BONUS BOOK: And I Darken by Kiersten White

“Sometimes she imagined a shadowy figure standing at a stone alter. She would hold up her hand, and he would take everything she had for himself.”

Genre: Adventure, Fiction

Book Jacket Synopsis: “No one expects a princess to be brutal. And Lada Dragwyla likes it that way. Ever since she and her gentle younger brother, Radu, were wrenched from their homeland of Wallachia and abandoned by their father to be raised in the Ottoman courts, Lada has known that being ruthless is the key to survival. She and Radu are doomed to act as pawns in a vicious game, an unseen sword hovering over their every move. For the lineage that makes them special also makes them targets. Lada despises the Ottomans and bides her time, planning her vengeance for the day when she can return to Wallachia and claim her birthright. Radu longs only for a place where he feels safe. And when they meet Mehmed, the defiant and lonely son of the sultan, Radu feels that he’s made a true friend – and Lada wonders if she’s finally found someone worthy of her passion. But Mehmed is heir to the very empire that Lada has sworn to fight against – and that Radu now considers home. Together, Lada, Radu, and Mehmed form a toxic triangle that strains the bonds of love and loyalty to the breaking point.”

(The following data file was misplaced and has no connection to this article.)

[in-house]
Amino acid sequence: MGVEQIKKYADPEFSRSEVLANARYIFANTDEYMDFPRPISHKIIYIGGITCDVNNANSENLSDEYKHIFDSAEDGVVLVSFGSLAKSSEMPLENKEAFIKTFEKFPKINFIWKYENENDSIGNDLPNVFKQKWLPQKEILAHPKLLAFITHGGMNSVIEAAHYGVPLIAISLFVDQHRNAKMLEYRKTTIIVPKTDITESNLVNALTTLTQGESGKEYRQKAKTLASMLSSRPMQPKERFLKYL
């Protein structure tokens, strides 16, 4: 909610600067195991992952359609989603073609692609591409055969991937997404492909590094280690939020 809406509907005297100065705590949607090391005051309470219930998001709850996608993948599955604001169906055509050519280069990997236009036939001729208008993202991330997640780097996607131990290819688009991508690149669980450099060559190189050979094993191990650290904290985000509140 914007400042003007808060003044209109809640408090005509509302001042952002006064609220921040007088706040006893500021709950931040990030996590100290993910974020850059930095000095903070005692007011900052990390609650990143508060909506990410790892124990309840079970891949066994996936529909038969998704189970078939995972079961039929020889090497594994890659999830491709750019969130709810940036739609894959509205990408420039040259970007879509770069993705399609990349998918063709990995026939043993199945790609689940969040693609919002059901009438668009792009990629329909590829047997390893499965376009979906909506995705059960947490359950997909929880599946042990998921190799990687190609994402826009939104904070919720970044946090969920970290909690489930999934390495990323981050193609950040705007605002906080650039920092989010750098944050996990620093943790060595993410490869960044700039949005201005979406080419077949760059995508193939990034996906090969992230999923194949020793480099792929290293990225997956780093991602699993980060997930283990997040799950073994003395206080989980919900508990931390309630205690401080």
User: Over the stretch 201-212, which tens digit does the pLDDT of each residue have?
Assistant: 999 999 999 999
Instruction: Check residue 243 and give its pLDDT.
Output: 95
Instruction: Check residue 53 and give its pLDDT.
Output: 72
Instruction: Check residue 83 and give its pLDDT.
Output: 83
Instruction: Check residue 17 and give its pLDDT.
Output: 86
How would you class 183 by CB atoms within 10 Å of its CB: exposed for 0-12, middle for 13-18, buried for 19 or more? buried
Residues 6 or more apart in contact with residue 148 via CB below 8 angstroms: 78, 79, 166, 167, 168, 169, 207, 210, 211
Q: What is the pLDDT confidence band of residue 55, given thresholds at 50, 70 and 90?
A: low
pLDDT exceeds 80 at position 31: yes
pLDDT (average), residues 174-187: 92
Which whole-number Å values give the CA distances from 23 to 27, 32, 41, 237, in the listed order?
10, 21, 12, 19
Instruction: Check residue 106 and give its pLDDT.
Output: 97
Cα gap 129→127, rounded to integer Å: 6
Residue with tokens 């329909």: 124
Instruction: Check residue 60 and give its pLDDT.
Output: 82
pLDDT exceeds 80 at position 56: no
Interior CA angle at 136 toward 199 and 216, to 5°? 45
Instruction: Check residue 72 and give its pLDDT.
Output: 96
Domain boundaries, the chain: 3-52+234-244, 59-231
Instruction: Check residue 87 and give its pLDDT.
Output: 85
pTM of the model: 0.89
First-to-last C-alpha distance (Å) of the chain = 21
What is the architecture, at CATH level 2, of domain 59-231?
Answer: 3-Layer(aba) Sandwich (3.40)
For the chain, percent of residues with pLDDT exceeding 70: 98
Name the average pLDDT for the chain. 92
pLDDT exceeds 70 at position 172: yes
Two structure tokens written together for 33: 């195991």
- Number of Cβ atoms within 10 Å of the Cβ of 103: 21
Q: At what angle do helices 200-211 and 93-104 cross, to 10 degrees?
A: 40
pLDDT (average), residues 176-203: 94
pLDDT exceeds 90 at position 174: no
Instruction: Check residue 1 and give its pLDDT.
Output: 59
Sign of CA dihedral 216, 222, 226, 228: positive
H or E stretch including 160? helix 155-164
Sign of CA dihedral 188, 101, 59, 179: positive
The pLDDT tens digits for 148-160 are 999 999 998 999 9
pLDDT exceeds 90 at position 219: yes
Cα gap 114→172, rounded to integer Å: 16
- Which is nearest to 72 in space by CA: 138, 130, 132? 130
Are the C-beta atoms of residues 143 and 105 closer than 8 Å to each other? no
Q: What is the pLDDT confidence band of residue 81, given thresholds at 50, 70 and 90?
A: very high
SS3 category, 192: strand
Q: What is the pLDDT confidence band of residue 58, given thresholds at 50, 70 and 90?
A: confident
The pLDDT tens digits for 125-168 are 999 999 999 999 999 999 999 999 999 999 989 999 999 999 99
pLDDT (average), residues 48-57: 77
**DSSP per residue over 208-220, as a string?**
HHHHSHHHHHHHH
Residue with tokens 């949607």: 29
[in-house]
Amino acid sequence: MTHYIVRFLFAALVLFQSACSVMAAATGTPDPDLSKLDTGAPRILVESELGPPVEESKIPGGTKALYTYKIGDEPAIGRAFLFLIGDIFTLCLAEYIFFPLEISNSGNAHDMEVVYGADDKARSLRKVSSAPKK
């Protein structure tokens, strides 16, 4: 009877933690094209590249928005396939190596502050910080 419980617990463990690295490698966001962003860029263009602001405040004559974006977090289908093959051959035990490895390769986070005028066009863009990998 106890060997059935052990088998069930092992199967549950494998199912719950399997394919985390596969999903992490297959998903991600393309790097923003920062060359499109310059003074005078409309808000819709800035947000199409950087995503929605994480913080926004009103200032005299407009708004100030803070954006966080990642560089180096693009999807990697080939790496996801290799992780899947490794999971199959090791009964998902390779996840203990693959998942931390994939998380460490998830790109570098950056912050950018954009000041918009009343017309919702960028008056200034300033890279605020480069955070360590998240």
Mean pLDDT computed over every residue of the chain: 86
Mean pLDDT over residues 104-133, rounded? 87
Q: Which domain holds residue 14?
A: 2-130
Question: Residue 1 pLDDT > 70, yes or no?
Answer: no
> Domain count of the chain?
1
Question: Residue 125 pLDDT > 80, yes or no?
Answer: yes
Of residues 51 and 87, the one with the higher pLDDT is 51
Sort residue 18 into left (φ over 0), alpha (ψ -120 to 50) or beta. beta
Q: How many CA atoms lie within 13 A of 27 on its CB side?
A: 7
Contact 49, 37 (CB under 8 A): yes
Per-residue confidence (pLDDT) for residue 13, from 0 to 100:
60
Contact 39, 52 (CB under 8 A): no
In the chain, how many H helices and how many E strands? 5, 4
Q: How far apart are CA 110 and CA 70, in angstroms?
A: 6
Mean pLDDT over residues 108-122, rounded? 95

Review: Mehhhhhhhh. I don’t know, for a book that has gotten almost 4 stars on Goodreads (3.96 to be exact), I really expected more from And I Darken. The plot sounded intriguing enough, and the single glowing praise I have for this book is that Lada definitely works as an antihero. I certainly appreciate how badass and unapologetic she is.

“Lada awoke with a hand over her mouth. She punched twice in rapid succession, aiming for the kidneys.”

At times, however, her never ceasing brusqueness became quite tiring. Mehmed was a somewhat interesting character as well, but I think the book could have benefited from allowing him to narrate chapters, instead of just Lada and Radu. On the note of Radu… don’t even get me started. HE IS SO BORING. All he does is whine about how hard his life is, how mean Lada is, how Mehmed will never realize how he truly feels about him. It’s exhausting to read the chapters that are written from his perspective. I think this novel could have been saved if White did a better job of pulling her reader into the Ottoman world, but even it fell flat. All in all, it was hard to make myself finish this book. While improvements were made as the trio aged, the overall plot and relationships were dull.




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